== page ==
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    When I wrote my response, I was under the assumption that an FBA and BIP were probably already in place. If not, then, yes, have her encourage the team to do that. I would be surprised though if those things have not already been completed at this point.

    We had a kindergarten student at our building from August through December this year. She threw her feces at staff. She stomped on a para's foot and broke it. The para needed surgery. Worker's comp covered it, of course, but that didn't lessen the pain or hassle for the para who had to deal with it. All the while, this girl had an FBA conducted, and a BIP in place. The BIP allowed for therapeutic restraint and use of the seclusion room. Staff was trained in proper restraint techniques. None of that stopped the student's behavior or prevented staff from being injured. Staff had to trade on and off of working with this student, as it was very emotionally draining. Finally, she was transitioned to another placement within the district. It's still not the most appropriate placement for her, but it is a step in the right direction. The most appropriate placement would not be cost-effective for the district.

    Talking to the union could help, if all of the right plans are not already in place. If they are, however, then it may just be considered part of the job, unfortunately.
     
  11. OKC Husband

    OKC Husband New Member

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    Jan 30, 2013

    Thank you all for your responses.
    They do have a BIP. The BIP states that when the student is violent that they can call his/her parents to come pick him/her up. They have done this a few times and now it seems that the students parents are always unavailable when the school calls. So, the student stays at school.
    I asked my wife last night what was too far, when could something else be done? She said that only if/when another student is hurt can they really make a change. So far this hasn't happened.
    My wife has been in the school system 3 years and loves her job other than this one student. You are right, she doesn't want to rock the boat, but she will have this student for a few more years.
    In her school they can not isolate or restrain a Special Ed student in any way.
     
  12. MissCeliaB

    MissCeliaB Fanatic

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    Then it seems like that is not the most appropriate setting for that student. How old is this student? Your wife is well within her rights to press charges against the student if the problem continues to escalate. Many teachers in my district have done that before, in addition to the consequences the student faces within the school system. IEPs mean very little in the court system.
     
  13. Caesar753

    Caesar753 Multitudinous

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    No one should have to put up with being assaulted at work.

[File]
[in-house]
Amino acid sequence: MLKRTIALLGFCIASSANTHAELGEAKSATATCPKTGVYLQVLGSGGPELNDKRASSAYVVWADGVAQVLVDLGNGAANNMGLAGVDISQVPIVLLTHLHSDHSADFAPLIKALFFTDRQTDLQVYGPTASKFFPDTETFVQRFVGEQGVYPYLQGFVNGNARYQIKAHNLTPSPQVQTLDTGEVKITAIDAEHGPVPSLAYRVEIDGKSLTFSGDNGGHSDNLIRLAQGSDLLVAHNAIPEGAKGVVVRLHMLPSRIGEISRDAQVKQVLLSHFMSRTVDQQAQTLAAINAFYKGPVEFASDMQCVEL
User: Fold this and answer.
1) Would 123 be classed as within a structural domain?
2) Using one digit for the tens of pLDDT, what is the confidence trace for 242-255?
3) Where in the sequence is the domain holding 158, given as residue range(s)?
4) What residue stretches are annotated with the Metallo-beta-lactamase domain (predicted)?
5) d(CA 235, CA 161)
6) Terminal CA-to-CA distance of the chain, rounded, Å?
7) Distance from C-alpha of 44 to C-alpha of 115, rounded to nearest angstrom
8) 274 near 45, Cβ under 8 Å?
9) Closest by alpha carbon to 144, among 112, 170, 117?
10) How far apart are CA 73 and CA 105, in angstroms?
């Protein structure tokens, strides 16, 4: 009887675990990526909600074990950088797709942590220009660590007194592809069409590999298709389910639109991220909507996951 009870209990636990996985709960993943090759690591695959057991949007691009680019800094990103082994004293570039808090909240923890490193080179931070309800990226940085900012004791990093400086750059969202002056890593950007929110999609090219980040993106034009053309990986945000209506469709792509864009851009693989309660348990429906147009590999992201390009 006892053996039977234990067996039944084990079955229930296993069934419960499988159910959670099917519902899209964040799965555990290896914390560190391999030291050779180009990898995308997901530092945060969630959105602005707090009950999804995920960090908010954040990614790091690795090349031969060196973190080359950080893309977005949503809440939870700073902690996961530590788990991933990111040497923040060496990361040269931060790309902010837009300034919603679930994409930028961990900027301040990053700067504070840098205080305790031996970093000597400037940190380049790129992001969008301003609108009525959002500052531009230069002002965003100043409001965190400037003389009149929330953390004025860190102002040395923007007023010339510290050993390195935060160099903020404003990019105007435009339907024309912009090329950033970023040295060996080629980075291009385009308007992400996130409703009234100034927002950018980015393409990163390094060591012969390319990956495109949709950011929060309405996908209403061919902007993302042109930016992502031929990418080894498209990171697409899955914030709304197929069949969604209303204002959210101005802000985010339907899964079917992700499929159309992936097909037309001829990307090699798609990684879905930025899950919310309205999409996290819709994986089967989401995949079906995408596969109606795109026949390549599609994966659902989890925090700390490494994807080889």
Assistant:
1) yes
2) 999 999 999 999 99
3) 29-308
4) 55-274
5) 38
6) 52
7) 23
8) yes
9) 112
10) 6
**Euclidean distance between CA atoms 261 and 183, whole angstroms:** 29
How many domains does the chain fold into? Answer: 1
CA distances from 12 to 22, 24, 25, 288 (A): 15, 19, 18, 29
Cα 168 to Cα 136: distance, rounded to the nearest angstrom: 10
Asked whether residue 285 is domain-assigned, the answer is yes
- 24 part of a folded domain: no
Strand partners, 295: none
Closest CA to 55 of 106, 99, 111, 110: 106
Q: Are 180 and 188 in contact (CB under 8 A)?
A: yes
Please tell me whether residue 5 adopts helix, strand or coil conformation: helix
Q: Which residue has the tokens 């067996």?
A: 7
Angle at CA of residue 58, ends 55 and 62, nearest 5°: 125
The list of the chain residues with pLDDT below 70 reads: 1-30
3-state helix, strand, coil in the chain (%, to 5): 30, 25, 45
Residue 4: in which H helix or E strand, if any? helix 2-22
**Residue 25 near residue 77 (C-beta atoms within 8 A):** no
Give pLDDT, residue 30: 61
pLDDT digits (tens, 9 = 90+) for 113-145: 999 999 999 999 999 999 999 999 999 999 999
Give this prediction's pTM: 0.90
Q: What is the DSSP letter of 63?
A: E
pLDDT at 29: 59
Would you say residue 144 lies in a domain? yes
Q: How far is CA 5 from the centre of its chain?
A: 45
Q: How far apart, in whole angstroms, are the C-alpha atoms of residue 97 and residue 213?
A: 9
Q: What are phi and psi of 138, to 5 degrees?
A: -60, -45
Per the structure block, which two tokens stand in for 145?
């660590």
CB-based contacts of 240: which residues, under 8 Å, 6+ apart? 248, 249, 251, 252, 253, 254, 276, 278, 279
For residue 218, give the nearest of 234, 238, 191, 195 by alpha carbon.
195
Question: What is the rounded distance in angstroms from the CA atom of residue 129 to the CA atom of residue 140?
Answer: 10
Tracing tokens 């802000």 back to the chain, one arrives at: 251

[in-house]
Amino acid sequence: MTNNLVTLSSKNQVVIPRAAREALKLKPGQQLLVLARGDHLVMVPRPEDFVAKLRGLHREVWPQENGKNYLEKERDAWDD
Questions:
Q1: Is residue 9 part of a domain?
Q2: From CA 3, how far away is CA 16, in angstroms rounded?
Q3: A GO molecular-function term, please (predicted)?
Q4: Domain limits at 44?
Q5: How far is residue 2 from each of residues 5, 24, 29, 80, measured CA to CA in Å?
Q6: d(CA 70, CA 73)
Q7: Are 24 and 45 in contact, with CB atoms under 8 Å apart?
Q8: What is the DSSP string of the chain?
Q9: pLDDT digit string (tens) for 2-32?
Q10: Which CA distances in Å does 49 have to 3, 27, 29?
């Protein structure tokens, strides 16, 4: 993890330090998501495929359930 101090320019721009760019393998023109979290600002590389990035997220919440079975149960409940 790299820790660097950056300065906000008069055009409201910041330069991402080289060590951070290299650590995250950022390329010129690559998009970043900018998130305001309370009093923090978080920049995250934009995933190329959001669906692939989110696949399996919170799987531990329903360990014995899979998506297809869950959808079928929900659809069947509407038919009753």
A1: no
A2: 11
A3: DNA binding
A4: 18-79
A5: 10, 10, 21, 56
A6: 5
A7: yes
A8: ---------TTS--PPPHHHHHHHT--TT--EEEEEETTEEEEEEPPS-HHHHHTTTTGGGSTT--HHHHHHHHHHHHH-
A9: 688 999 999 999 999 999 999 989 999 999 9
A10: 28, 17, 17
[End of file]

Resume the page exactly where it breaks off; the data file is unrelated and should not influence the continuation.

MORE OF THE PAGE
14. catnfiddle

    catnfiddle Virtuoso

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    Jan 30, 2013

    Why on earth would the school, knowing a teacher has been assaulted, wait for the kid to injure a classmate? This kind of aggression should be reported.
     
  15. Proud2BATeacher

    Proud2BATeacher Phenom

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    In my experience, if it is written in the BIP and the parents have agreed to it, the schools I have worked with started suspending the student to get some action from the parents.

    I would suggest that your wife take the school up on the offer to provide another person to go to SLP sessions with this student. If your wife is not trained in restraining this student, then she should not be left alone with him. Get it written in the IEP...no support person...no speech therapy. If this is not possible have the sessions in a room with other people...like the office;)
     
  16. OKC Husband

    OKC Husband New Member

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    Jan 31, 2013

    The student is 15. She hasn't thought about pressing charges. I don't think she will want to though. Mentally this student is stuck around age 3-4. They wouldn't understand anything that went on with that.
    She does see the student with another member of the staff now. I will suggest she start having her session with this student in the office.
    The IEP has been done for this year. I'm not sure how often they do them though. Is it usually once a year?
     
  17. Proud2BATeacher

    Proud2BATeacher Phenom

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    IEPs can be modified at any time but parents do have to agree to the modifications. I work with students with severe behaviours and I would never send them anywhere with a therapist if I felt that they would be aggressive. Therapy sessions for those students are always held in the classroom.
     
  18. bros

    bros Phenom

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    An IEP meeting can be held as often as necessary. If a member of the team requests a meeting it needs to be held
     
  19. mrwillis

    mrwillis Rookie

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    Feb 11, 2013

    I too work in the OKCPS system and I am in the same situation sometimes with my Sped student that I work with. For no reason what so ever he can become aggressive but if he hits himself, others, or me, I immediatly restrain him using CPI Non Violent One Person Restraint. My school paid for CPI training for me so that when the student becomes violent I have some sort of defense. The training teaches not only how to restrain but techniques to try to get away beforehand. The parents obviously have to agree to the restraint but once shown to them that it is harmless to their child and that it can reduce the risk of another child's parents suing them, they usually agree.